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63rd Annual Grammy Awards

Yu Howe • May 2021Production Profile • May 8, 2021

Multiple stages were set up around a central hub, which avoided the usual 90-second band changes squeezed between commercial breaks. Photo by Kevin Winter/Getty Images for The Recording Academy

Production for the 63rd annual Grammy Awards broadcast was a blend of the familiar and the radically different, the latter based on pandemic-related restrictions and a new approach from a new producer. This year, due to Covid protocols, the production moved from the Staples Center to the adjacent L.A. Convention Center, where Halls A and B were home to the performance stages. “The vision of the new producer, Ben Winston, was such that the Staples arena could not provide the social distancing required,” said Michael Abbott, once again the audio producer for the broadcast. “We’d have to construct a stage 50 feet high to build it over the seats at Staples. We just couldn’t fit the set in there.”

Album of the Year nominees HAIM performed “The Steps.” Photo by Kevin Winter/Getty Images for The Recording Academy

No Easy Task

The Staples Center didn’t have the capacity necessary to accommodate the new set concept, with four performance stages and a huge gramophone entrance stage. Moving into the L.A. Convention Center presented challenges of its own, shared ATK Audiotek FOH tech Jeff Peterson, who managed ATK’s return as the primary audio vendor for the Grammys. “We weren’t able to do any pre-hanging, because the convention center roof has limited weight capacity. The whole show was set up on ground-supported trusses for the lighting rigs and audio. But as there was no audience for us this year, we didn’t need to hang P.A. to cover an audience that didn’t exist, so really what we were tasked with was filling the hall with enough sound so that everybody knew where we were in the show, while keeping it under control so it wouldn’t pollute the recording and the broadcast.” ATK C6 cabinets were deployed with JBL subs for the task. “We also had five separate stages worth of monitors, and two monitor engineers doing monitors for five stages, and all of the equipment that entailed,” Peterson added. While only a few acts required monitor wedges on stage, and there were sidefills for the big dance numbers, most artists opted for their own in-ears or one of the numerous sets of Shure SE215 universal in-ears that were used a single time, then retired. At the peak, one act had 36 performers using wireless monitor mixes.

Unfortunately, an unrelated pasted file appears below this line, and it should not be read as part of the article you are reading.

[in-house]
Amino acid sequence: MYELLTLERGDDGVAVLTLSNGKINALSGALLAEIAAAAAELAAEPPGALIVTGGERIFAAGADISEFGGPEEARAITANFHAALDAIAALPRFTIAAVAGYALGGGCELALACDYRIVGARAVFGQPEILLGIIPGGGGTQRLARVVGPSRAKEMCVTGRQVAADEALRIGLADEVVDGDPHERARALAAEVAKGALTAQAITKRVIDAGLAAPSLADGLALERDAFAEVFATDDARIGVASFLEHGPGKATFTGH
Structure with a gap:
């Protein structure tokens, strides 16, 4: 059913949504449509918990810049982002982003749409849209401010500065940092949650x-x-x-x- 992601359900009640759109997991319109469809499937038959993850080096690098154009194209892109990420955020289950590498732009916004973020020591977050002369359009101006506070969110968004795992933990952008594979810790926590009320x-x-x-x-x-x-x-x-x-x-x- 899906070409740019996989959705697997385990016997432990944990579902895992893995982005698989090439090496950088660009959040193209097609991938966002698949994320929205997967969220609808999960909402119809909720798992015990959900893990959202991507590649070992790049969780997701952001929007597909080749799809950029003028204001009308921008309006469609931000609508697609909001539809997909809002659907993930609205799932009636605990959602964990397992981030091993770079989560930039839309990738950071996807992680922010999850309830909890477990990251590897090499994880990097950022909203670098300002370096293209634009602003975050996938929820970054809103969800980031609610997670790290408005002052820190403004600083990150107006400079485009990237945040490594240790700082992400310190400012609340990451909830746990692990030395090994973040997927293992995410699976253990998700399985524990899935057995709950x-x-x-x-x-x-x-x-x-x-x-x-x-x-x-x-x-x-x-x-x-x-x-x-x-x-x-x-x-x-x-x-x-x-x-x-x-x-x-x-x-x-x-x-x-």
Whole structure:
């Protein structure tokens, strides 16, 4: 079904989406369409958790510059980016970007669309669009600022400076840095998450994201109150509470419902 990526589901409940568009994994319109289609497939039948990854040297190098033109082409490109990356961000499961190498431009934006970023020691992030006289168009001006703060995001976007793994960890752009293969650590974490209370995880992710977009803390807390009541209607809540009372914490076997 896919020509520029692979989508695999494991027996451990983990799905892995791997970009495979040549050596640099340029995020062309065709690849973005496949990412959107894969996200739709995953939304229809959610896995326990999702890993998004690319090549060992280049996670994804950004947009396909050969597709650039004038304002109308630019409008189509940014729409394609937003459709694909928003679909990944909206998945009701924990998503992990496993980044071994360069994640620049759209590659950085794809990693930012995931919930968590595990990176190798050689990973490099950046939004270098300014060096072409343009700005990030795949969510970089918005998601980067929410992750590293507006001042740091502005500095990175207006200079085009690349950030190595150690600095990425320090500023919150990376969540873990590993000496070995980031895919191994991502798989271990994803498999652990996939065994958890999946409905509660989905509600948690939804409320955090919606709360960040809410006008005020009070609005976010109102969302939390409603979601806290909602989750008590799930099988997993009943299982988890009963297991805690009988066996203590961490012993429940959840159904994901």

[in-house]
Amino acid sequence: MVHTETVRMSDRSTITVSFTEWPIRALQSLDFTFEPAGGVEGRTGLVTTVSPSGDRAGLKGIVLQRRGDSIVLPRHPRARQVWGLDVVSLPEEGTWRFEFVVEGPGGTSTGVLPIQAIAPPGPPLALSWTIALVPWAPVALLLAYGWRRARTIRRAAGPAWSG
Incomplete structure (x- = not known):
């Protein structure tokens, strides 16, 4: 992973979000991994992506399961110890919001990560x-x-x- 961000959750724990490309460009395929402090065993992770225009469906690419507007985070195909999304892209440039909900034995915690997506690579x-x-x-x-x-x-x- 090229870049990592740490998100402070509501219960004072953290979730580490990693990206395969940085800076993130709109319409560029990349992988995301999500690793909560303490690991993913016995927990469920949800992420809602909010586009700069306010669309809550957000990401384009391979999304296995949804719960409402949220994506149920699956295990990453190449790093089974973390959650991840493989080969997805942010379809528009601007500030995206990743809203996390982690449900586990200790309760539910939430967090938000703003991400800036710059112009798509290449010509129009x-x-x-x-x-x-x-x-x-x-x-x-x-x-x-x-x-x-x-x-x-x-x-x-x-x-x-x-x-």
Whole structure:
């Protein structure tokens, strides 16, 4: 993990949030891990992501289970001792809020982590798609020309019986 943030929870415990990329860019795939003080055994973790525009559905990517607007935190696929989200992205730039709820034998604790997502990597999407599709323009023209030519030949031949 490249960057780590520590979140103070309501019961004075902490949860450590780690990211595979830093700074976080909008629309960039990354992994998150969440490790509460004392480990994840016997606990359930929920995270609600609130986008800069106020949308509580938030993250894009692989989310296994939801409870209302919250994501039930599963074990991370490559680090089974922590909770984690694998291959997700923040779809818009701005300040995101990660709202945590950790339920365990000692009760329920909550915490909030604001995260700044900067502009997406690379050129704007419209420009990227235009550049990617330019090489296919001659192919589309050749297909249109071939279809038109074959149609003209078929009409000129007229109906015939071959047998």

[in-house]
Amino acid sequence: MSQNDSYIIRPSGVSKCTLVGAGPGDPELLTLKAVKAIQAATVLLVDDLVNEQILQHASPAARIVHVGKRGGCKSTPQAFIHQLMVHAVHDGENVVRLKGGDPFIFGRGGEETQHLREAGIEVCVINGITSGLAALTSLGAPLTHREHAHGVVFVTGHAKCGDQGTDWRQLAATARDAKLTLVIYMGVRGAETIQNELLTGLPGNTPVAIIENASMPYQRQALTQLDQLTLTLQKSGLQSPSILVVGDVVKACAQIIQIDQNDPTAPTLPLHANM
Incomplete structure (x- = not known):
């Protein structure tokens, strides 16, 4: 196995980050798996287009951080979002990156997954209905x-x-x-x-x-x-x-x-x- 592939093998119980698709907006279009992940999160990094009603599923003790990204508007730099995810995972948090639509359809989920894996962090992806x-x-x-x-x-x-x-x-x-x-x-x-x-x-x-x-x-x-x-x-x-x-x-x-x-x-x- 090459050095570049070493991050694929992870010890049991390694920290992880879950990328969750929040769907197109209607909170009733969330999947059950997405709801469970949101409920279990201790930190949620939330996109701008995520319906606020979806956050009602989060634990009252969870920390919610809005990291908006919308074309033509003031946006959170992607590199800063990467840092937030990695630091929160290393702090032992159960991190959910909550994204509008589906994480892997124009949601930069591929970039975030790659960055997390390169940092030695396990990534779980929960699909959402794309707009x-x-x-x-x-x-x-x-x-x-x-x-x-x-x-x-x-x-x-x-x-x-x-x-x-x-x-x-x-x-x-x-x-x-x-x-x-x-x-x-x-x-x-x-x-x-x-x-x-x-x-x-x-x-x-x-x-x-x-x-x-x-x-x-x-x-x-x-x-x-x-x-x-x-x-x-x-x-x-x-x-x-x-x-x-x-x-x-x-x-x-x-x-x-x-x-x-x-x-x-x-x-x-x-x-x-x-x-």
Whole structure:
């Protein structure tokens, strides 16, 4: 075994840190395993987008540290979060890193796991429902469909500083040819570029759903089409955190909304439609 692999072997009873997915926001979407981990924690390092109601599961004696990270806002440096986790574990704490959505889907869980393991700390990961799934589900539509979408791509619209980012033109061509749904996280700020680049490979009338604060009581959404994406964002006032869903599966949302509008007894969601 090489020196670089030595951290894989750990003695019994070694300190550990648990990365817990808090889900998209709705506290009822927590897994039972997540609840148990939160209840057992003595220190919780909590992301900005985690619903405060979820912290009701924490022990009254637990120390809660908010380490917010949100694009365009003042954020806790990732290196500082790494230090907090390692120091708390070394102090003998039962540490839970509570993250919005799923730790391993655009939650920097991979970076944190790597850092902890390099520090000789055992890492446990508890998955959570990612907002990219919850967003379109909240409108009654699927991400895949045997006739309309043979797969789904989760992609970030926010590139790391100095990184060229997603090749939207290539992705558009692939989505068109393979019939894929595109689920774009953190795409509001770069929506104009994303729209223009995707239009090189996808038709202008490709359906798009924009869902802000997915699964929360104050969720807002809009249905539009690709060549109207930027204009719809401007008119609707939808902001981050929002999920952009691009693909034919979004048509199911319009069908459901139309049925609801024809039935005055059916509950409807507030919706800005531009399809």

Awards were handed out at this small outdoor stage. Photo by Kevin Winter/Getty Images for The Recording Academy

The production offices and production hubs and tech stations normally housed in the Staples underground — including RF mic and Pro Tools workstations — were moved to a truck farm of five 40-foot Gelco trailers outside, alongside the two trucks from Music Mix Mobile (M3) used for broadcast music mixing and two Denali trucks for the final broadcast audio and video. Longtime Grammy Awards show veterans ATK provided the bulk of the audio infrastructure — mics, P.A. and monitors — and for the first time, ATK’s Versacom division provided the enormous comms system. “We had basically the same size of crew as in previous years, just socially distanced over a greater space,” said Abbott. “The signal flow was consistent with 2020, itself much the same as previous broadcasts, though a Dante network was introduced last year for the RF microphones.” The Dante network was interfaced with ATK’s ample inventory of Focusrite RedNet gear, with additional RedNet hardware resident on the Denali trucks.